Transactional leadership vs. transformational leadership
In the workplace, there are many different leadership styles. The transactional leadership style relies on workers who perform their tasks accordingly in order to run as smoothly as possible. But another type of leadership approach that has become increasingly popular throughout many workplaces includes transformational leadership.
With transformational leadership, the workplace is much more open and receptive to new ideas and "out of the box" thinking. Transactional leaders, however, are not so agreeable to employees stepping out of line or conducting their own experiments on company time and will likely react and respond accordingly.
While both transactional and transformational leadership have their roles in the workplace, it's important to understand the difference between them before choosing a workplace that is suitable for you.
Some transactional leadership examples in the workplace might include:
- An internal rating system that monitors the level of quality that is submitted by each individual employee.
- A timing system to keep track of employees and their individual tasks (as well as how long it requires them to complete each task).
- A contingent reward tier system with rankings incentivizes employees to work harder and more efficiently in exchange for a reward.
History of transactional leadership theory
The history of transactional leadership can be traced all the way back to the 20th century when a German sociologist named Max Weber determined that there were three main styles of leadership. The three main styles of leadership Weber studied and described included bureaucratic, charismatic, and traditional.
The bureaucratic leadership style, also commonly referred to as the rational-legal style of leadership, would later be defined as "transactional leadership".
Ultimately, the leadership style became the status quo in many industries that thrive in a stakeholder economy. Today, transactional leadership is known as the "exercise of control on the basis of knowledge", which is a fitting summary for those curious about how transactional leadership works.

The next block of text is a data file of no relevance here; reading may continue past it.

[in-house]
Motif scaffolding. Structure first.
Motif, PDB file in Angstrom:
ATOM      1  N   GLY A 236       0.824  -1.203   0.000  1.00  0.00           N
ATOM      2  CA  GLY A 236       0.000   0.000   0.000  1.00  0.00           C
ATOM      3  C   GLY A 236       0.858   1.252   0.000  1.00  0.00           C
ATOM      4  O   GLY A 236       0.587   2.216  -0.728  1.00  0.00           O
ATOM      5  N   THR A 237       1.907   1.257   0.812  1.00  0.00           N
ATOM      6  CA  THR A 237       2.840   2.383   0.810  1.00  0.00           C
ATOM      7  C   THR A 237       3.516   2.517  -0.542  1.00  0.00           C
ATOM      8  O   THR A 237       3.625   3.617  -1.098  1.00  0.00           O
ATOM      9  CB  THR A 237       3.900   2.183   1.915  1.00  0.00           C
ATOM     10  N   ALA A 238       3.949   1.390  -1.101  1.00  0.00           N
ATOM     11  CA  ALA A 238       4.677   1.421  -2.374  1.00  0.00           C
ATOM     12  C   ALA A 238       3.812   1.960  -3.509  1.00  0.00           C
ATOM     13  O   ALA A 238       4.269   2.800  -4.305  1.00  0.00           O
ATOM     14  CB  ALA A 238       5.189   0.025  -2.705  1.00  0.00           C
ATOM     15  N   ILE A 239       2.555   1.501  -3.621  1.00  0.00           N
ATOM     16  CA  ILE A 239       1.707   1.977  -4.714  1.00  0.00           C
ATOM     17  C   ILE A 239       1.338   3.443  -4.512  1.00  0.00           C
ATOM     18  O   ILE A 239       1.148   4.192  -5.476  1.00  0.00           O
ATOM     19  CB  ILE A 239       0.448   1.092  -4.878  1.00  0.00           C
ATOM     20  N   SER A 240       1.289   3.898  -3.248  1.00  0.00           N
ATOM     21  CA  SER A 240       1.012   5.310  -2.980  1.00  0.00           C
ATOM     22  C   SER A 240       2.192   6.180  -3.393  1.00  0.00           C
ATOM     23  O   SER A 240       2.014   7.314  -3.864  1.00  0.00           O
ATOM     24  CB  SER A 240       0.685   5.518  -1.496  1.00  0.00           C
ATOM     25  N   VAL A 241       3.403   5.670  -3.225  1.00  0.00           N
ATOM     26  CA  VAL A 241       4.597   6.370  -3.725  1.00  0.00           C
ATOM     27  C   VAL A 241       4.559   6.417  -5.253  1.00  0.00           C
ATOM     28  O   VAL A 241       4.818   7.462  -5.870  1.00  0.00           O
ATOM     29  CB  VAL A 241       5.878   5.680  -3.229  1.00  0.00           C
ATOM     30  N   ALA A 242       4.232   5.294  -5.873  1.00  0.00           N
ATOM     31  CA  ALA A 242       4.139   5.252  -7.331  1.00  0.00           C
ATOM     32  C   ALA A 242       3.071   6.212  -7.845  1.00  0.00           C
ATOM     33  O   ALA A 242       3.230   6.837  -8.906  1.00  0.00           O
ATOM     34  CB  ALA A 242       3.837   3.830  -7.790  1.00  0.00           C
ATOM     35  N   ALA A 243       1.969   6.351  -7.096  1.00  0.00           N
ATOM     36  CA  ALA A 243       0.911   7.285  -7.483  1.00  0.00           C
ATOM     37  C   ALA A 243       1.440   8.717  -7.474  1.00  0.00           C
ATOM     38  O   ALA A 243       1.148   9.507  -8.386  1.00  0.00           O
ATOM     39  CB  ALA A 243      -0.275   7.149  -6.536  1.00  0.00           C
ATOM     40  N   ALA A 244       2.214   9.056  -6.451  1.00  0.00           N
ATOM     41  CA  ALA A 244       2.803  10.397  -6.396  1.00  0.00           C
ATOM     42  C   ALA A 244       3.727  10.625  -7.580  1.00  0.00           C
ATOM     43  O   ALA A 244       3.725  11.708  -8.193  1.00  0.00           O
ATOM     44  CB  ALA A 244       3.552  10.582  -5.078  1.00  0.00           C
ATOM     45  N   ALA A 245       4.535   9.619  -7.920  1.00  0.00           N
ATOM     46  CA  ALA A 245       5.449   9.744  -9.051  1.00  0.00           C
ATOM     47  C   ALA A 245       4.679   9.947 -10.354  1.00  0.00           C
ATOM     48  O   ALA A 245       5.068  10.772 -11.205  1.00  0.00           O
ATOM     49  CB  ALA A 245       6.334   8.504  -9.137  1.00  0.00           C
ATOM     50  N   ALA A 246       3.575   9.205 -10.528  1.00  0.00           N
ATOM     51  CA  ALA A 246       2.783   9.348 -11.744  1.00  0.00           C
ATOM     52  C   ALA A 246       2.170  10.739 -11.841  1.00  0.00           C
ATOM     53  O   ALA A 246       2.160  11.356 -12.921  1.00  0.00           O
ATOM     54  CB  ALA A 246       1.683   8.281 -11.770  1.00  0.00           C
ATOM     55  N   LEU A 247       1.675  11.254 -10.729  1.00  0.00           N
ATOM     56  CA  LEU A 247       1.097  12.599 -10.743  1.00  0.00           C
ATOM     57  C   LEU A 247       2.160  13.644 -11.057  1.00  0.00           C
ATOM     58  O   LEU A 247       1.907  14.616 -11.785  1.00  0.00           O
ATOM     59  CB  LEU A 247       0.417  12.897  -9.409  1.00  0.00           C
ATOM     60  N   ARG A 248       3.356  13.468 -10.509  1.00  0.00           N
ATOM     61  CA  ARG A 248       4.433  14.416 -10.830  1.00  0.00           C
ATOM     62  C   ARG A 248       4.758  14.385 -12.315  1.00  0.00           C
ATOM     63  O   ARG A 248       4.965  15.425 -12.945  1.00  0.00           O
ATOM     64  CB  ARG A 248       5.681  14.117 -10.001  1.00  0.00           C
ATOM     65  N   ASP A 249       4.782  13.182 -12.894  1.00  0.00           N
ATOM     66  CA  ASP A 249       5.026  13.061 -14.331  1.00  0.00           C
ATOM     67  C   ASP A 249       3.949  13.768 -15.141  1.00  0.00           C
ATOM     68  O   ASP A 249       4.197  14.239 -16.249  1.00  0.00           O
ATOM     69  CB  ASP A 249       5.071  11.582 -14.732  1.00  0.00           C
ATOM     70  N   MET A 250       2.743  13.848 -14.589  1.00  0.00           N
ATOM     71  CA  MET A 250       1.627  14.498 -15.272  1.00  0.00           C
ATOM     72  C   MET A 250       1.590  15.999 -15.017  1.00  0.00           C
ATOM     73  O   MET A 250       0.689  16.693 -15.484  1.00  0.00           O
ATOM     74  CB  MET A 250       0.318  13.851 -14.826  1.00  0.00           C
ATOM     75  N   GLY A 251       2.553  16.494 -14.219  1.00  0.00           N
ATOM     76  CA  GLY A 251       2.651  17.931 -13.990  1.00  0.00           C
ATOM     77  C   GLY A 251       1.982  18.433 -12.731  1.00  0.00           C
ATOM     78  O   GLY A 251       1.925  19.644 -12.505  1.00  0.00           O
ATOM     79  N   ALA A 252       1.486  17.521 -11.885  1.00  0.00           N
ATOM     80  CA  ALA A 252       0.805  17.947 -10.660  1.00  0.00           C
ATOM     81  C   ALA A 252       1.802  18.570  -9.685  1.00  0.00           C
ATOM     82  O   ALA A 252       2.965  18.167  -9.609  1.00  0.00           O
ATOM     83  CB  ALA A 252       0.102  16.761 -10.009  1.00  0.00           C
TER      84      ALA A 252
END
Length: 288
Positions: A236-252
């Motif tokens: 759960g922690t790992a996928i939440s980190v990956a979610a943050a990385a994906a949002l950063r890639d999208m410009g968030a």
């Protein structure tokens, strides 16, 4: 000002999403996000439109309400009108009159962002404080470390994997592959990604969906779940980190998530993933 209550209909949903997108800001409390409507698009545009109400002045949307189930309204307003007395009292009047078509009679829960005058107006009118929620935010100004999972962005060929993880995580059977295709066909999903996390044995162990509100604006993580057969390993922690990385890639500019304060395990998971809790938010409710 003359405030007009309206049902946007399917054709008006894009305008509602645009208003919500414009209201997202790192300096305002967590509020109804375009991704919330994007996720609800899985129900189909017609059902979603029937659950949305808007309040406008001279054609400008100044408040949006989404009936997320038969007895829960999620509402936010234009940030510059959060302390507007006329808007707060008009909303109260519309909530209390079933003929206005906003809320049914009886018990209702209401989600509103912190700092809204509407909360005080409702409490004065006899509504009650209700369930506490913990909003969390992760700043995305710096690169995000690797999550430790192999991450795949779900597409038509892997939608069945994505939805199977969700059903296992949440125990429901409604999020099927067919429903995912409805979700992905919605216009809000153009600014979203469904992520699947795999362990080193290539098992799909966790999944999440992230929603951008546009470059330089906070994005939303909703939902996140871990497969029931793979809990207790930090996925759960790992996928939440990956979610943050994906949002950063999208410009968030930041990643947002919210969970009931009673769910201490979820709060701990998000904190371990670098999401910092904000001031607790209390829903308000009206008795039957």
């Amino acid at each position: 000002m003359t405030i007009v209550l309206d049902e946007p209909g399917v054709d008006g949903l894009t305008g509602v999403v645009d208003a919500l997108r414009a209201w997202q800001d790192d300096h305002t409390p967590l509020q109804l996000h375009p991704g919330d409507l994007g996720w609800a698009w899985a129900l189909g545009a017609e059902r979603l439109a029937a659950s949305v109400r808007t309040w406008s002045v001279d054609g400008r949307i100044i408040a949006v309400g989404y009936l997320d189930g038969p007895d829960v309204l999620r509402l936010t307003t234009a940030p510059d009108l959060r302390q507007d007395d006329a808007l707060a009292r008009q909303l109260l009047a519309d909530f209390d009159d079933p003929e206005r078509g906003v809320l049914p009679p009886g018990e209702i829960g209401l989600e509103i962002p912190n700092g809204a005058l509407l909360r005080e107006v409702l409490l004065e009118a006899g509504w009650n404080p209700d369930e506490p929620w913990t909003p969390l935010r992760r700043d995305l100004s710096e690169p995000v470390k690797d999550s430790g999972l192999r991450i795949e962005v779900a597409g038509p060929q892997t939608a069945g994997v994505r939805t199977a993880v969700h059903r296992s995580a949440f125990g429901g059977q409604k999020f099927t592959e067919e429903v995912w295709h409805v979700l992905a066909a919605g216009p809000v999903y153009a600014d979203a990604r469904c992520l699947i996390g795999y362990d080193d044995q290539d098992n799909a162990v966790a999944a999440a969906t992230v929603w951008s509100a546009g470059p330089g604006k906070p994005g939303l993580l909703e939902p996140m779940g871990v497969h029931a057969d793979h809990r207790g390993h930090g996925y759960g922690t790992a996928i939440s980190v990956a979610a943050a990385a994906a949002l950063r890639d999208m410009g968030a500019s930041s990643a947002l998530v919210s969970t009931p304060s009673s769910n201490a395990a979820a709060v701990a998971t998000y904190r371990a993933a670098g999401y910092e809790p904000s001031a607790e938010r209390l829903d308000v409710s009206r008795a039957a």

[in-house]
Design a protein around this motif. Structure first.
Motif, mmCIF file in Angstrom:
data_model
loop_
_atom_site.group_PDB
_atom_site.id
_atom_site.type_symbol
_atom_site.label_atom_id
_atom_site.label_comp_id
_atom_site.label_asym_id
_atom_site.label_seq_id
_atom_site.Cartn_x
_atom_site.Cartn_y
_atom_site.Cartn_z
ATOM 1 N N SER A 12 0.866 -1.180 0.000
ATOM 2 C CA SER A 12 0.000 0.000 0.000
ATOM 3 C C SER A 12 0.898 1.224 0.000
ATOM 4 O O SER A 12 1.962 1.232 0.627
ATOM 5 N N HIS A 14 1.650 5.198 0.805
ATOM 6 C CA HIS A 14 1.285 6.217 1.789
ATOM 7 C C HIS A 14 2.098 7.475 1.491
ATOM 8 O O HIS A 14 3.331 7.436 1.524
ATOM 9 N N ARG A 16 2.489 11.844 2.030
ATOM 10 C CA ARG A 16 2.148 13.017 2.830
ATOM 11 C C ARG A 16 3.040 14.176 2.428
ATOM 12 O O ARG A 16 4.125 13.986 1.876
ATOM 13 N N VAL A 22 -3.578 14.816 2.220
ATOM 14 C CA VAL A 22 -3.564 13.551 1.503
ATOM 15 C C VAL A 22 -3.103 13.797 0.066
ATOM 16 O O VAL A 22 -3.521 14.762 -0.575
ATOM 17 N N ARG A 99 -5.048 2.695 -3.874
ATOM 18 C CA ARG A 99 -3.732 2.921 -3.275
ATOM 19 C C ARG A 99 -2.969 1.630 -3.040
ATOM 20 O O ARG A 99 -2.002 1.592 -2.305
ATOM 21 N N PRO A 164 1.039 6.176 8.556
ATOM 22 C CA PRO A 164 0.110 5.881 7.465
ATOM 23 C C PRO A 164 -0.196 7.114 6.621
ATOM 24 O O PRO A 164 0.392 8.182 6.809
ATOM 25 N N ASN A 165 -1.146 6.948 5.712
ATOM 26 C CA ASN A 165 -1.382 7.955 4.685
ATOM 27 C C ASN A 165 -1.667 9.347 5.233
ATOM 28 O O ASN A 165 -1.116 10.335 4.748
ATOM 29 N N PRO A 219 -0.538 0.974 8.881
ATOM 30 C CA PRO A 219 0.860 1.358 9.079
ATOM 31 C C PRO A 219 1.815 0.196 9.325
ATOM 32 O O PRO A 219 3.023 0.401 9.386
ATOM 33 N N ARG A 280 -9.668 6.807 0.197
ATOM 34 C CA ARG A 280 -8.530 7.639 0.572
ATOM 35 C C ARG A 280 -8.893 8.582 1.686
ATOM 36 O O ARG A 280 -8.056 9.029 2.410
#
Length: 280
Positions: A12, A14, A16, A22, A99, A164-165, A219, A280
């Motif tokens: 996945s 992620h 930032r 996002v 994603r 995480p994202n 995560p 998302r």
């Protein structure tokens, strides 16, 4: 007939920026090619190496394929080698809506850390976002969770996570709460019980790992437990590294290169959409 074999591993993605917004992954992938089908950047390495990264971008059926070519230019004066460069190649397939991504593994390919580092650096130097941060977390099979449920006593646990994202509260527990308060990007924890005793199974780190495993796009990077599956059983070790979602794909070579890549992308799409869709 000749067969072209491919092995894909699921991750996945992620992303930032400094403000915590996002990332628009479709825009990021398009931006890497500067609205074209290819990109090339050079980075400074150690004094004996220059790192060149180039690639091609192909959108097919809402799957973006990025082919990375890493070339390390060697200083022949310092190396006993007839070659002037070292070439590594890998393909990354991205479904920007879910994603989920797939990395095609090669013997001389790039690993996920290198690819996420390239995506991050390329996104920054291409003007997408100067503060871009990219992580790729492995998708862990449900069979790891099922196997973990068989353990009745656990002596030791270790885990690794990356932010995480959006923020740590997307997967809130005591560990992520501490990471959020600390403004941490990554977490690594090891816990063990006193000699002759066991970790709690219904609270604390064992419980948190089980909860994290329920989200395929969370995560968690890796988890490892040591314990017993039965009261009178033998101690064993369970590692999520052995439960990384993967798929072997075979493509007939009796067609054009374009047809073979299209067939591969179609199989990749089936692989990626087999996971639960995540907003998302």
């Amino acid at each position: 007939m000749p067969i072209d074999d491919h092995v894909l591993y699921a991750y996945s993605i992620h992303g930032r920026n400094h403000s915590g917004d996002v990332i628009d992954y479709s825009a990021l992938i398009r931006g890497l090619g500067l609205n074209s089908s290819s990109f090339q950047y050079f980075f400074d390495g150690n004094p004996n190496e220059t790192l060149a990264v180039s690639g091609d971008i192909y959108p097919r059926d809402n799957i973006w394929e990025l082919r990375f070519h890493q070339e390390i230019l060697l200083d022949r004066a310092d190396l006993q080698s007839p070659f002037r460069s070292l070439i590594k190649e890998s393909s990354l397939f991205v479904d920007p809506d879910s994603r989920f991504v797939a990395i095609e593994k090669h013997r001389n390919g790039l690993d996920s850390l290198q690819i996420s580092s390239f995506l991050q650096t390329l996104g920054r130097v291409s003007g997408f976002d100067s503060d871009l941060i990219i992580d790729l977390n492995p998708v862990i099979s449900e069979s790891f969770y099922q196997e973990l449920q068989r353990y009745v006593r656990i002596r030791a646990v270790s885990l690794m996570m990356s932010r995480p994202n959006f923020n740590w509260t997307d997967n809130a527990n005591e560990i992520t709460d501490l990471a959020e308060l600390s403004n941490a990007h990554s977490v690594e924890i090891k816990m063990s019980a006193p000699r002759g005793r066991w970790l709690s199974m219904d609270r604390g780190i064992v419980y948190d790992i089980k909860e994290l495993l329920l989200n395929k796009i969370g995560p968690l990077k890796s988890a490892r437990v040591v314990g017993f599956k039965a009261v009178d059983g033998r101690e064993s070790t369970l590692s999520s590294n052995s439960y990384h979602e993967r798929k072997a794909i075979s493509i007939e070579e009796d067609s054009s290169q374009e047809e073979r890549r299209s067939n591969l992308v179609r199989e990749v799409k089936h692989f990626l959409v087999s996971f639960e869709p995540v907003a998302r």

Pros of transactional leadership
Before deciding whether or not transactional leadership is right for your business, consider the advantages of what transactional leadership has to offer.
Implementing a structure in the workplace is extremely important for productivity and overall efficiency. Having a set routine in place will help employees to stick to their designated tasks while minimizing disruptions and distractions, especially with a reward and/or tier system in place.
Transactional leadership focuses on establishing clear expectations of your employees. Defining the performance standards you have of your employees upfront can go a long way. When employees know what is expected of them day in and day out, they are less likely to slack on delivering their assigned tasks.
Creating a reward system is a great way to get your employees engaged and motivated. By integrating a reward system with tiered rewards, you can also incentivize your employees to go above and beyond each day on the job.
Reward systems can include promotional opportunities, raises, bonuses, and even vacations or other prizes, depending on the structure of your business.